That's what I try to do - dabbling a little in the obscure and what is trending in the popular realm. I'm here to rave about Riverdale just as much as talk about how Feud: Bette and Joan is one of my favorite things to ever air on television.
I also don't want to be here to just hate on hits like This Is Us, because it is a perfectly fine show. And yet, I will always be bitter that it is getting the high ratings and critical acclaim that Parenthood, a much better crafted family drama, should have received. Each episode of This Is Us begins with the promise of something great, and while the acting is across the board terrific, the writing never fully delivers. I desperately want to see what others see in that show (including the crying every week!), but it continually disappointed in how the stories unfolded. Also, I'm a real serious crier at movies and tv, not just a casual crier, and I only teared up a couple times throughout. Yet another thing people promised me that didn't happen.
There is always going to be differing opinions, and really, with the expansion of new channels and streaming services, television has developed to look more like the music industry. There will always be something for you, whether you like Top 40 or are more into the underground indie music scene. Who can be angry with that?
This year's Emmy's did a solid job of including shows from all over that spectrum. With Game Of Thrones out of contention this year, there were slots open for other shows and people, and that might be the only reason that House Of Cards is still part of the mighty elite. Serious question: does anyone still consider that a delight to watch?
When it comes to specific nominees, like usual, I'm repping hard for Elisabeth Moss (nominated for The Handmaid's Tale), who between other shows like, Mad Men and Top Of The Lake, continually proves that she is one of the finest actors working today. I'm also rooting for Donald Glover (Atlanta), Judith Light (Transparent), Tituss Burgess (Unbreakable Kimmy Schmidt), Bob Odenkirk (Better Call Saul), a win for Stranger Things, Full Frontal with Samantha Bee, and Billy on the Street.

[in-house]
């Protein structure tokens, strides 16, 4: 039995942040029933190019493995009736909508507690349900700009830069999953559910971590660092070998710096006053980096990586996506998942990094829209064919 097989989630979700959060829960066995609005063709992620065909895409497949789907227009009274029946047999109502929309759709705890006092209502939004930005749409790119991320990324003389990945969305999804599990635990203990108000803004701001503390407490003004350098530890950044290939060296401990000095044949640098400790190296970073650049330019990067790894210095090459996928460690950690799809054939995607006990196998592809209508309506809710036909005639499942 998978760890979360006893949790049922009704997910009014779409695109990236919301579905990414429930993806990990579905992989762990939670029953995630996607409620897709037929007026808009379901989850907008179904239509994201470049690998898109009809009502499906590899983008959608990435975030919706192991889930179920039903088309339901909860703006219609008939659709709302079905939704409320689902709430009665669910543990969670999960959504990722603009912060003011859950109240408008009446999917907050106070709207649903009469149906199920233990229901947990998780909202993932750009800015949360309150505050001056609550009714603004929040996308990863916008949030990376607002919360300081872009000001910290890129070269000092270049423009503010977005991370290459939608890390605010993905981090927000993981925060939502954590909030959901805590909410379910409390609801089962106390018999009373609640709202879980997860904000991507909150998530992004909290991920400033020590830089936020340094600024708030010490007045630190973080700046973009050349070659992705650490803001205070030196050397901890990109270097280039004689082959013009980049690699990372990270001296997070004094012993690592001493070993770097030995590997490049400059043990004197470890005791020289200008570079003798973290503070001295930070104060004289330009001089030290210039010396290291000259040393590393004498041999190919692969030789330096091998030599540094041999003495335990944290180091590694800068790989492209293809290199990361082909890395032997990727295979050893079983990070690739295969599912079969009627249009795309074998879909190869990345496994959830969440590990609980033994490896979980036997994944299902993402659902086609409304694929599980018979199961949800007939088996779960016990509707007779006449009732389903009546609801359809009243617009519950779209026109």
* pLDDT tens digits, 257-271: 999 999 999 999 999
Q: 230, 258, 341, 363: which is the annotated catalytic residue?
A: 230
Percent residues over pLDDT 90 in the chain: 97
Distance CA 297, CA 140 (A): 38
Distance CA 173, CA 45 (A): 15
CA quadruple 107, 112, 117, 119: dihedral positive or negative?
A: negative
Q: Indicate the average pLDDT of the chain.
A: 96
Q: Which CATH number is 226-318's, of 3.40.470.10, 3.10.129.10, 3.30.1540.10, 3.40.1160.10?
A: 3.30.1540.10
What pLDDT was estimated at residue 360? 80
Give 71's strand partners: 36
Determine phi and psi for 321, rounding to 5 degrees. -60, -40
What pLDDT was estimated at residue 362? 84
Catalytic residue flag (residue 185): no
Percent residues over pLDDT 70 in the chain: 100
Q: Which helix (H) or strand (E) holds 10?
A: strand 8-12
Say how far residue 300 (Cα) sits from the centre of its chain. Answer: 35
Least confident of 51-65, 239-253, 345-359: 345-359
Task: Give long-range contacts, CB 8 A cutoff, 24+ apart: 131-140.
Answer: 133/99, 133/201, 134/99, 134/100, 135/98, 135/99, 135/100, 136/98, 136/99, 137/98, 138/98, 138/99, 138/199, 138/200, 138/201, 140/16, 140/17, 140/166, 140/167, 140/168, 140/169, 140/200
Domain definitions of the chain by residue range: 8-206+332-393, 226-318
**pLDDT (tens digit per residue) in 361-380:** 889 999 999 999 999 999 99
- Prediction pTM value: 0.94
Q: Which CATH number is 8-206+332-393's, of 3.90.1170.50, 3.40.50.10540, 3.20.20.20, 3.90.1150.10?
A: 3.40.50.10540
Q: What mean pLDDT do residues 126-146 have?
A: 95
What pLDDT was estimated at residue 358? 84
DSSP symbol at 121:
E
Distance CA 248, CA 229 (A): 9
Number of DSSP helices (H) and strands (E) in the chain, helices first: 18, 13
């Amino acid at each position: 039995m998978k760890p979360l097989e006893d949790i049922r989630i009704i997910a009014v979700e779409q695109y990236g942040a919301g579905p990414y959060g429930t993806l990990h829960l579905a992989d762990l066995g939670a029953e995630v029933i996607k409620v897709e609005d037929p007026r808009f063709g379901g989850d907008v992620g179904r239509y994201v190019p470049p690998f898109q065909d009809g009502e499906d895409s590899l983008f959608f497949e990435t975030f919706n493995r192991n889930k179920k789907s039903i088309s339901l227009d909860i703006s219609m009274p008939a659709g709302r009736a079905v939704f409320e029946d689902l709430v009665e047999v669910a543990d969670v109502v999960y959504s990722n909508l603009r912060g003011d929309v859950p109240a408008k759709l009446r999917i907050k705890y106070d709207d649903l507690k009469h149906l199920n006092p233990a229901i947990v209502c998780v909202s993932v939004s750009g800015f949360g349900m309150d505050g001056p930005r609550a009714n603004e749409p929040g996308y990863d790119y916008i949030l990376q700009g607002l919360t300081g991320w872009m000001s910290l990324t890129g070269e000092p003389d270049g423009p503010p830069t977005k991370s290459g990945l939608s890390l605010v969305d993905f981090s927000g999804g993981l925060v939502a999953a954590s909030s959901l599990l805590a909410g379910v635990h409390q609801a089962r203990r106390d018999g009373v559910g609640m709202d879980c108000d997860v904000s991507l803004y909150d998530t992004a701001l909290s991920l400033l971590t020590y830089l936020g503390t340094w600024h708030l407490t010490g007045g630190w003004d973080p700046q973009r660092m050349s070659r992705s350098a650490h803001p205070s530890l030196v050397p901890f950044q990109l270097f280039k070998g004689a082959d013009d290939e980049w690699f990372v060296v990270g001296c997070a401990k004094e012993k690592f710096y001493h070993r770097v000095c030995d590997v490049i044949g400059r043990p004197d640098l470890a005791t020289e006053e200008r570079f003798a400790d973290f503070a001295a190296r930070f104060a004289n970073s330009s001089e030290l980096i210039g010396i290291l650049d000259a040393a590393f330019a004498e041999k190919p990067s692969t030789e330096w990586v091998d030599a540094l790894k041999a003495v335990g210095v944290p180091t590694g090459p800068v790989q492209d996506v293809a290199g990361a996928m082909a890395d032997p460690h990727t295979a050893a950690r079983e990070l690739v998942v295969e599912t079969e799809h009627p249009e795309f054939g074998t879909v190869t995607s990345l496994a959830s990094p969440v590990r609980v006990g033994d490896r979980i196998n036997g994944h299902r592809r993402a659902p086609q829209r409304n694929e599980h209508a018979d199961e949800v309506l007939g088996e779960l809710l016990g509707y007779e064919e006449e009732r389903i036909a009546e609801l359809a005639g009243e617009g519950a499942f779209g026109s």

Also (feeling like a pattern year after year), can anyone breathe after reading the nominees in the Best Actress in a Movie/Miniseries category? Who could pick one? It's impossible and insane! All my favorites of the year are rounded up in that category:
Carrie Coon (Fargo), Felicity Huffman (American Crime), Nicole Kidman (Big Little Lies), Jessica Lange (Feud: Bette and Joan), Reese Witherspoon (Big Little Lies), and Susan Sarandon (Feud: Bette and Joan).
Carrie Coon should really be nominated for Best Actress from The Leftovers, but she definitely was also a highlight in this latest season of Fargo. It is also a bummer that American Crime was cancelled. That show is easily the most challenging and truthful examination of our culture being done by any form of entertainment today. It was really fantastic while it lasted.
For the full list of nominees, click here, and don't forget to watch tomorrow at 8 p.m Eastern/5 p.m. Pacific. Or tune in to E! sometime in the early afternoon and watch them struggle to fill a whole day of coverage with limited resources.
Maybe one day I will crawl out of the bubble, but for now, shhhh, I have too many shows to watch.
Until next time.